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How To Survive a Writer's Workshop -- by Michael Medlen

Yes, the time is upon. As we lay in our beds at night pondering the weight of the soul and perhaps how we'll surivive the dreaded writer's workshop in the morning, may I be of some assistance?

Don't Go!

No, seriously!

If you absolutely dread writer's workshops, or worse, have no respect for the criticism being offered to you, don't go.

This isn't to say a writer's workshop can't help you grow as a writer or make valuable connections in what is one of the hardest fields to break into, but it's true.

Why go when you won't get anything out of it?

But I Really Want to Go!


By all means, attend. But remember, depending on the members of the group, you might want to come prepared with a heavy armor. Because while some workshops can be a positive and rewarding experience, often they tend to be full of giant egos and toxic writers looking to question every leap of logic and slip of tongue when it comes to "writing" they don't like.

And while the opionions of others matter, often they're just that: opinions.

But I digress...

Better yet, find a mentor...

That's right. Why waste your time on a workshop that's going to be full of unpublished writers when you can spend valuable time looking for a mentor, and better yet, finding your own muse.

No one knows your work better than you do, so again, unless you'll built with iron thick skin, why are you bothering with the opinions of others?

But I Like Writer's Workshops!

Ah, then again, go. And better yet, listen to the criticism being offered and pick and choose what you want to fix with your writing.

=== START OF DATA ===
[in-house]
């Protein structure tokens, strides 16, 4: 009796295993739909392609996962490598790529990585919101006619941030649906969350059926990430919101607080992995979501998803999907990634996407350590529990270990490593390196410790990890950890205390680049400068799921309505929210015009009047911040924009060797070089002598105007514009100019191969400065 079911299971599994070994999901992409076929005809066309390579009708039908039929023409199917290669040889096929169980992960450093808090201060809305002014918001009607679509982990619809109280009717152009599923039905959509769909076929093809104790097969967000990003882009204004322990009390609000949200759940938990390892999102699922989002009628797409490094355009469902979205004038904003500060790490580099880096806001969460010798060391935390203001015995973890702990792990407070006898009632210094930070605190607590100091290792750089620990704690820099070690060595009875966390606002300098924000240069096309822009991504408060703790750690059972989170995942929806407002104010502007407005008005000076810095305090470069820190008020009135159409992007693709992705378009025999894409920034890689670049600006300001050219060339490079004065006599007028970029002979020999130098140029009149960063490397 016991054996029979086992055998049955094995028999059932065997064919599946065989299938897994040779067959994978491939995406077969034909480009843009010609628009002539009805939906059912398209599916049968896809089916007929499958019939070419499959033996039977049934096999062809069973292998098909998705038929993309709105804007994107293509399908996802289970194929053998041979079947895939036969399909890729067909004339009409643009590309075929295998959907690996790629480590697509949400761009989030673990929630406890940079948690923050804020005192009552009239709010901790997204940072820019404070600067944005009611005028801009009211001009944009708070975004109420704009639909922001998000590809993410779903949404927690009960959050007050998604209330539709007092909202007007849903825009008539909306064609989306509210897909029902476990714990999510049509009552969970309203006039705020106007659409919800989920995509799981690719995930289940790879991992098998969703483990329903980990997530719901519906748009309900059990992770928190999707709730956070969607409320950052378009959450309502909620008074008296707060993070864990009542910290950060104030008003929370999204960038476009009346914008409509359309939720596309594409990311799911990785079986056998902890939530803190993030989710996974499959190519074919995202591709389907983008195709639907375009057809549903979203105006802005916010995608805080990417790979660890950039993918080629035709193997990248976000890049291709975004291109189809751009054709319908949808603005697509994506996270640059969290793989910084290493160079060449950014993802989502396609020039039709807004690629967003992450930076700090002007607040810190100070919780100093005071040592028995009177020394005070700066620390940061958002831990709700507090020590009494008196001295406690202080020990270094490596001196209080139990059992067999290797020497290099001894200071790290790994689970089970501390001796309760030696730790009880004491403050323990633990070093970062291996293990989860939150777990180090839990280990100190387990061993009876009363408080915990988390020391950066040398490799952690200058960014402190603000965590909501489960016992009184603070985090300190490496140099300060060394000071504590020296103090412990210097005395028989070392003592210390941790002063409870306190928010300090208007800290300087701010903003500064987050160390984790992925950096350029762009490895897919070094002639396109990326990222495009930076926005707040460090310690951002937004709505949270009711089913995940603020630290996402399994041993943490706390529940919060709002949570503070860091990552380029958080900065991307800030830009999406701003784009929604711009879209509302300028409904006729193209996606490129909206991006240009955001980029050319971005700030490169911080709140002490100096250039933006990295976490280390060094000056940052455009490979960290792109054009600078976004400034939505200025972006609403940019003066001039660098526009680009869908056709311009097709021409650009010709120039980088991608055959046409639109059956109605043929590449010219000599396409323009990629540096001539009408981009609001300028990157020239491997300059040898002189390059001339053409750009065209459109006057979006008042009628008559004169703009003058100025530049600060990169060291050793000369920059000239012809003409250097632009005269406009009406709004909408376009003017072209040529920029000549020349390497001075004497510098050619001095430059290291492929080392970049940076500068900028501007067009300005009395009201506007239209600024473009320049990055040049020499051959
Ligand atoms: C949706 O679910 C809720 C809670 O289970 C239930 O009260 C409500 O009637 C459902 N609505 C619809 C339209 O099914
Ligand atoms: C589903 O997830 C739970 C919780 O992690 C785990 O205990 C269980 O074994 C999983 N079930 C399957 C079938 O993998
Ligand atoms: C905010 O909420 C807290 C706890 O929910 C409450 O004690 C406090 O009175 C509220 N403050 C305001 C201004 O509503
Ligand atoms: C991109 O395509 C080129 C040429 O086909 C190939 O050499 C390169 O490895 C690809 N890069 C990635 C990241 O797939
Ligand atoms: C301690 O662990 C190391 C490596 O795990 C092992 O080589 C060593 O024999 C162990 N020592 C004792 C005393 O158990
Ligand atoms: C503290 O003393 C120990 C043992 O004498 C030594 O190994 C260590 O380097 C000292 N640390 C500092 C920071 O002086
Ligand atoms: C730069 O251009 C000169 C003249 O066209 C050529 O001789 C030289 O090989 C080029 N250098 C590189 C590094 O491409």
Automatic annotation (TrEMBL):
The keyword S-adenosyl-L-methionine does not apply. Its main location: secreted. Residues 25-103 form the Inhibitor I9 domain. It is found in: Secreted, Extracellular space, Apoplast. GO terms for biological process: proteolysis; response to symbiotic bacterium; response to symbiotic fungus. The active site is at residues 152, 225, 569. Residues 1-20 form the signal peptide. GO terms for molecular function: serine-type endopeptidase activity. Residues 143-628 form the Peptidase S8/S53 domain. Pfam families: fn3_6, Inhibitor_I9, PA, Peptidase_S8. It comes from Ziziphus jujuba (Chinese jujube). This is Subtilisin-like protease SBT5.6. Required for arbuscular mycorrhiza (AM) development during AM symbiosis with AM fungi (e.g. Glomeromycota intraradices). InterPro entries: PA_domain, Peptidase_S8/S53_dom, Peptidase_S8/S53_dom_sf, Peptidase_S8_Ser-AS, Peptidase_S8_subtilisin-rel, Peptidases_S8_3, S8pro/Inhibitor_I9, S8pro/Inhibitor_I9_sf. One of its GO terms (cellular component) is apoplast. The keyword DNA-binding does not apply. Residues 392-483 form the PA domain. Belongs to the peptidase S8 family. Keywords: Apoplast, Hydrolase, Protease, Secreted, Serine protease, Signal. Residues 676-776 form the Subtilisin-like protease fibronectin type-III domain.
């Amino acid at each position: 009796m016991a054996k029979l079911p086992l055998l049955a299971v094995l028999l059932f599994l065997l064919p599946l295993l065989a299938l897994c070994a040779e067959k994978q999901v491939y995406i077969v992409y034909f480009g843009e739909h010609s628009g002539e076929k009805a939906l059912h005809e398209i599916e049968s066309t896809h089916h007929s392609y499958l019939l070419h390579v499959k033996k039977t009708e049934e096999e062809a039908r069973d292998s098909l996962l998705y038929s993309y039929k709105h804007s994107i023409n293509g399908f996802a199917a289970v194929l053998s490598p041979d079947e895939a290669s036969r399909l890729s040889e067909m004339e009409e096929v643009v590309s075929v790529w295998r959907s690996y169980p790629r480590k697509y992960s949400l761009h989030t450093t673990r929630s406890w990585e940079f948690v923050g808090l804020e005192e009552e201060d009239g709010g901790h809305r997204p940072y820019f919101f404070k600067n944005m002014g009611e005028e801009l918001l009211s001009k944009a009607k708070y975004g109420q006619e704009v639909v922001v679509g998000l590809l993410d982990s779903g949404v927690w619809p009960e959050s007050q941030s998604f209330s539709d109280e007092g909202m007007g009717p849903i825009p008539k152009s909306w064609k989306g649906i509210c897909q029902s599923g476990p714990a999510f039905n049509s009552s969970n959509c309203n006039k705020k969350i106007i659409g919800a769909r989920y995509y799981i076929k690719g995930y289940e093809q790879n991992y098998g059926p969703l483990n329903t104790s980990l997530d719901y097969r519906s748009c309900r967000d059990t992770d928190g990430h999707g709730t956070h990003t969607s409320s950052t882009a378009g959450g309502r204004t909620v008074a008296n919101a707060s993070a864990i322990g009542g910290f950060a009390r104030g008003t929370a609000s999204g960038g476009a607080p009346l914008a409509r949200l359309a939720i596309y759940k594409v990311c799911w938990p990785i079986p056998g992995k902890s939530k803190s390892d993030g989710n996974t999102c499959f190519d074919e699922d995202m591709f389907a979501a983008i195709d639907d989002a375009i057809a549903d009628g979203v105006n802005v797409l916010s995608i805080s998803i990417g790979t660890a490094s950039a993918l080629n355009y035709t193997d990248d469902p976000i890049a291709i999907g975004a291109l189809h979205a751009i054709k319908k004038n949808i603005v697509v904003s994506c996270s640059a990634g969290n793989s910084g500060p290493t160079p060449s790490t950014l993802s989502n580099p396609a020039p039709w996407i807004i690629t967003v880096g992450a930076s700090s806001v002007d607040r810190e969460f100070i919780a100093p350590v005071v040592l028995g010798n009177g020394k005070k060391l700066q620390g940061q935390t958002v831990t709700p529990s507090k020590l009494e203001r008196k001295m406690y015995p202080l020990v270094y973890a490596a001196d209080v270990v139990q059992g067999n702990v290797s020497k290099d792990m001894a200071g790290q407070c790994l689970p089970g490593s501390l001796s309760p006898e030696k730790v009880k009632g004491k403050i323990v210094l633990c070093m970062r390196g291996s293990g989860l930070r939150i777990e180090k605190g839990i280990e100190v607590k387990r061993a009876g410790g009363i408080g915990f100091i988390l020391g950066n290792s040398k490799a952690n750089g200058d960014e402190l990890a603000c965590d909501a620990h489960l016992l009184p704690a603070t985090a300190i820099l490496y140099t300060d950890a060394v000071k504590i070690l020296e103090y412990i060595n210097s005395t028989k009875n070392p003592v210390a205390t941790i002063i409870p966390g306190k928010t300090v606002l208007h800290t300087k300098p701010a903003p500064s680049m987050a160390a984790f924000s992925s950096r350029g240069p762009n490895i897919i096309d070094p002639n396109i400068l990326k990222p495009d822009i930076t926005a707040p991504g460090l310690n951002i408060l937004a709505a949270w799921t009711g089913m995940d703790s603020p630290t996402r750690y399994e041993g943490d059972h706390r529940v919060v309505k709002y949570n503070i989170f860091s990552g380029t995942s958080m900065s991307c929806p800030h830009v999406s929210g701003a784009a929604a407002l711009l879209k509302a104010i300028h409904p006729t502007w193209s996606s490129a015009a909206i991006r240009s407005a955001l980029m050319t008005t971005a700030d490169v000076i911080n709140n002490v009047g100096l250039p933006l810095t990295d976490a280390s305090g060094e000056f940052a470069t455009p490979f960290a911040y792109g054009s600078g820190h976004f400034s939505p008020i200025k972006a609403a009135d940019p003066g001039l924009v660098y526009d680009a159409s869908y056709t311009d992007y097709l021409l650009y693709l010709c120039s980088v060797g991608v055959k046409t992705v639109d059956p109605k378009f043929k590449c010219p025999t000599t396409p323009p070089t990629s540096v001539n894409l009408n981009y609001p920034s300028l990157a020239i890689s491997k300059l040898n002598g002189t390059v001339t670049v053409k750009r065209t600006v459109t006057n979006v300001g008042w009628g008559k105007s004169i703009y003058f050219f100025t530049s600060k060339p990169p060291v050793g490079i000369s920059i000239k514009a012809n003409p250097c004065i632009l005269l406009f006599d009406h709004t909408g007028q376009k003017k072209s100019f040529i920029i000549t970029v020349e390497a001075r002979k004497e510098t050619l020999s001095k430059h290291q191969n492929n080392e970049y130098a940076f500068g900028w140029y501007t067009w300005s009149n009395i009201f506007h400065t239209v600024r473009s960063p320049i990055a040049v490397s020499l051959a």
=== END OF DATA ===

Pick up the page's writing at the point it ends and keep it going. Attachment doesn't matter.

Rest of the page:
After all, is this site not about critiquing?

Are we not here to become better writers?

Fine... So How Do I "Surive"?

The real key to suriviving a writer's workshop, if you're so brave as to dare let someone else read your writing, is to find your worst critic.

Next, listen to him/her.

Because honestly, they're probably the only person who's going to transform your writing.

Yeah, you'll get the usual "likes" and "loves", maybe some suggestions on how to fix that cliche or illogical plot twist, but unless your critiquer is someone who's looking to improve your writing, you're never going to get anything out of these suckers.

Unless, and just maybe, you find a group that really is focused on encouragement and developing your skills.

In which case, stick with it.

And better yet, make some colleagues in what has to be the loneliest profession in the world.


Until next time folks,

Newbie Critiquer...

Posted by Michael Medlen 27 Dec 2017 at 00:33
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